Geek Love – Bookforum talks with Tamara Shopsin about LaserWriter II, her novel of a Manhattan computer-repair shop

Tamara Shopsin. © Michael Schmelling

Although it sounds like the name of a sequel, LaserWriter II is the debut novel of writer and designer Tamara Shopsin; it takes its name from a laser printer manufactured by Apple in the early 1990s. The mechanics of printing are a formal concern throughout the book, which is divided by surprising page breaks and pixelated illustrations, as well its central plot fixture: Shopsin follows Claire, a young New Yorker with anarchist leanings, through her stint as a printer technician at Tekserve, a computer-repair shop that operated on West 23rd Street until 2016. Between shifts spent laboring over paper sensors and I/O boards, Claire quietly observes her coworkers, delegates of various ’90s countercultures who are united by their fascination with desktop publishing. Shopsin makes Tekserve sound about as utopian as a retail space can be, but Claire and her colleagues find echoes of bleaker political-economic shifts in their work: fixing a broken LaserJet at one point, a technician named Joel notes that “the fan (much like capitalism) has a design flaw that makes it eventually fail.” Set just before the dot-com crash began to really loom and filled with great period details (everyone is constantly drinking Snapple), LaserWriter II registers a sweet spot in the history of personal computing when the industry seemed built primarily to “help people make poetry and do their taxes.”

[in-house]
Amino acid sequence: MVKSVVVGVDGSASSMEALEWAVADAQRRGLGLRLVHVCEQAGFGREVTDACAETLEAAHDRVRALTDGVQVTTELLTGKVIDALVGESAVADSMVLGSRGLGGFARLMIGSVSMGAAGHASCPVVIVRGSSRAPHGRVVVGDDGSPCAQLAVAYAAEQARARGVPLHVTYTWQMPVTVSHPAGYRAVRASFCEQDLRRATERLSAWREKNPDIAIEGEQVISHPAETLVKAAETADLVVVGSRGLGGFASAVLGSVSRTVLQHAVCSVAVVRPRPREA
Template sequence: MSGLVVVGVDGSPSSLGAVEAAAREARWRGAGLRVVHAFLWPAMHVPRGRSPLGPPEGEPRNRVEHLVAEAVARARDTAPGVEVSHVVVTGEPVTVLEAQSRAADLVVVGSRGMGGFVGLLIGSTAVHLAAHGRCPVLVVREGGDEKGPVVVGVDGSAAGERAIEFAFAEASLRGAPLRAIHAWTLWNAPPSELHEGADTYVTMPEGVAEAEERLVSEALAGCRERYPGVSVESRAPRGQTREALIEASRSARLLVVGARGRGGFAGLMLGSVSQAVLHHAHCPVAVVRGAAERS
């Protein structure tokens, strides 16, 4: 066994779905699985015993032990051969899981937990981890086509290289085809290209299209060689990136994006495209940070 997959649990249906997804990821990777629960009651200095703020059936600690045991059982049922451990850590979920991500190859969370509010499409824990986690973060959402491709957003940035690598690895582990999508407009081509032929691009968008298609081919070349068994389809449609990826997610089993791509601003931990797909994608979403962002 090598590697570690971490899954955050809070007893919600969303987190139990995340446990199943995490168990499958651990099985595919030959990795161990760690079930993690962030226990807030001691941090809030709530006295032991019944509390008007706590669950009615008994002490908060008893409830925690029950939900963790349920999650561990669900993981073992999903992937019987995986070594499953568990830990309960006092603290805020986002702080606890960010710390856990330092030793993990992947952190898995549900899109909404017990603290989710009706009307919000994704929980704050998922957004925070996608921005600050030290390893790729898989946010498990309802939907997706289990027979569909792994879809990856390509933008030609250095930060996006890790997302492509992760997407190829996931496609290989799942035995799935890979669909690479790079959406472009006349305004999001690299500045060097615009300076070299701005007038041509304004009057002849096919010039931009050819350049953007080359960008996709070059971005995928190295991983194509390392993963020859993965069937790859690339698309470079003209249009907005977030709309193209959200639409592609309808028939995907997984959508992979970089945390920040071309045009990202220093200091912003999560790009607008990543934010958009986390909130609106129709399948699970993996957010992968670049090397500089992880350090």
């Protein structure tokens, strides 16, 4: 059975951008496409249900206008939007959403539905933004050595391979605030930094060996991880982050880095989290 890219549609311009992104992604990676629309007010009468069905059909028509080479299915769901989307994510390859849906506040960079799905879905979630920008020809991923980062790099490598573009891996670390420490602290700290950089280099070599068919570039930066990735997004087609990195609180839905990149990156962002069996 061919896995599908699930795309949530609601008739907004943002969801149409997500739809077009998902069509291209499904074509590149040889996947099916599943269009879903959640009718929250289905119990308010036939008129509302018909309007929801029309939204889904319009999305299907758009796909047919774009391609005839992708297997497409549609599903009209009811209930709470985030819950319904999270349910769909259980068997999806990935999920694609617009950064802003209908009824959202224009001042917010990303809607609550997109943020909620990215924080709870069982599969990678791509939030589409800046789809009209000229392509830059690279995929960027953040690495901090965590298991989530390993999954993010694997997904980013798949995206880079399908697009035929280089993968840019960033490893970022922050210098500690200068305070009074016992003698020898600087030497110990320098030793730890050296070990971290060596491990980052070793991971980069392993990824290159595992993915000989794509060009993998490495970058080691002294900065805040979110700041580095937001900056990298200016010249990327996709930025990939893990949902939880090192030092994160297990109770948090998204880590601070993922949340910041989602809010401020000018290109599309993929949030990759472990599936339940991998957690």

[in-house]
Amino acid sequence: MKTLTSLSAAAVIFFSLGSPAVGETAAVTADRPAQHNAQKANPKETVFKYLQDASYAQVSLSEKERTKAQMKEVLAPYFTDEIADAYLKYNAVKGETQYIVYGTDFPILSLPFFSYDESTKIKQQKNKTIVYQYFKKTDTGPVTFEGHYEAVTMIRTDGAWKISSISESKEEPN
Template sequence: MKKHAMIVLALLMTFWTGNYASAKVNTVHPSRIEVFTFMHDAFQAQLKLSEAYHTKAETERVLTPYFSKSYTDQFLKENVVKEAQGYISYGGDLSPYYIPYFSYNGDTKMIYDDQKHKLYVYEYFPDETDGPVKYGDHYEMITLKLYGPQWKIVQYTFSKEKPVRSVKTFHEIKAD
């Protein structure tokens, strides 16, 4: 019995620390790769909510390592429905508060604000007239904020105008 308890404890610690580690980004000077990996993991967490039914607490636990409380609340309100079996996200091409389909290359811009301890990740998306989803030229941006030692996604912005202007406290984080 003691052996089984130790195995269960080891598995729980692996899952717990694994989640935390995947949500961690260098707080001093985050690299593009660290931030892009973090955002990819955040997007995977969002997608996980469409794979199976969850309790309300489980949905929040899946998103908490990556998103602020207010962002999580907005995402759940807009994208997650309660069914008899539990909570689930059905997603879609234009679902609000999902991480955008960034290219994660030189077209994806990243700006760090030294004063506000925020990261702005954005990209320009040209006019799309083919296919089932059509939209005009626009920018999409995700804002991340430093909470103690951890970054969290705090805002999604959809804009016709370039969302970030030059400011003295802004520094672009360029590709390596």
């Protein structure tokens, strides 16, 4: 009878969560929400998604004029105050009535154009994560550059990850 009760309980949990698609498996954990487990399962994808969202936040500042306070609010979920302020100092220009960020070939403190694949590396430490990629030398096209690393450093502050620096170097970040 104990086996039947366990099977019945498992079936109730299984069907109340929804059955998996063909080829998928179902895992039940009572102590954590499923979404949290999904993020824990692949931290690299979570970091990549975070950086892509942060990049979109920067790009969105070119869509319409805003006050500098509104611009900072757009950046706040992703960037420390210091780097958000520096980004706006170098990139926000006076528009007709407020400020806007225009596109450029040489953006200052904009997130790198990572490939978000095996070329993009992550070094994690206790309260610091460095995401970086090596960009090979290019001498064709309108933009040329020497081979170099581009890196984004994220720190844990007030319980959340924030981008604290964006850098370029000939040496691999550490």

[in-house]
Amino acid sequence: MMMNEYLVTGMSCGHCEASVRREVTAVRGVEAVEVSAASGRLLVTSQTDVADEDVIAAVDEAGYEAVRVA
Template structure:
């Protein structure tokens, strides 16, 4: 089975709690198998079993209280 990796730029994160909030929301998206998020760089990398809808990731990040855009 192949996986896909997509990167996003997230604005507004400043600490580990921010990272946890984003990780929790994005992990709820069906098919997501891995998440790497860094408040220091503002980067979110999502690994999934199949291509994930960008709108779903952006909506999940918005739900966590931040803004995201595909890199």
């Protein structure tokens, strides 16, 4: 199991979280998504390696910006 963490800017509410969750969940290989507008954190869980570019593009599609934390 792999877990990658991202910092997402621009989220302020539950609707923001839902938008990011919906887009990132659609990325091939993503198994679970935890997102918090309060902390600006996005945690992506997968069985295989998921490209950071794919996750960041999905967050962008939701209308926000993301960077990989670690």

LISA BORST: LaserWriter II is a workplace novel that takes place at a now-shuttered business called Tekserve. Would you mind giving a quick overview of the what the shop was?

TAMARA SHOPSIN: If you lived in New York in the ’90s and you had a Macintosh, you ended up at Tekserve and your world was a better place. It was, at its bones, a computer repair shop in the Flatiron District, but it was much more. It was weird, and it had soul. It was funky, magical, and beloved by nearly everyone who went there. I worked there for maybe three months in the late ’90s.

Your last book, Arbitrary Stupid Goal, is set mostly in Greenwich Village at the original location of Shopsin’s, your family’s restaurant—another weird, offbeat business that seems like it’s so…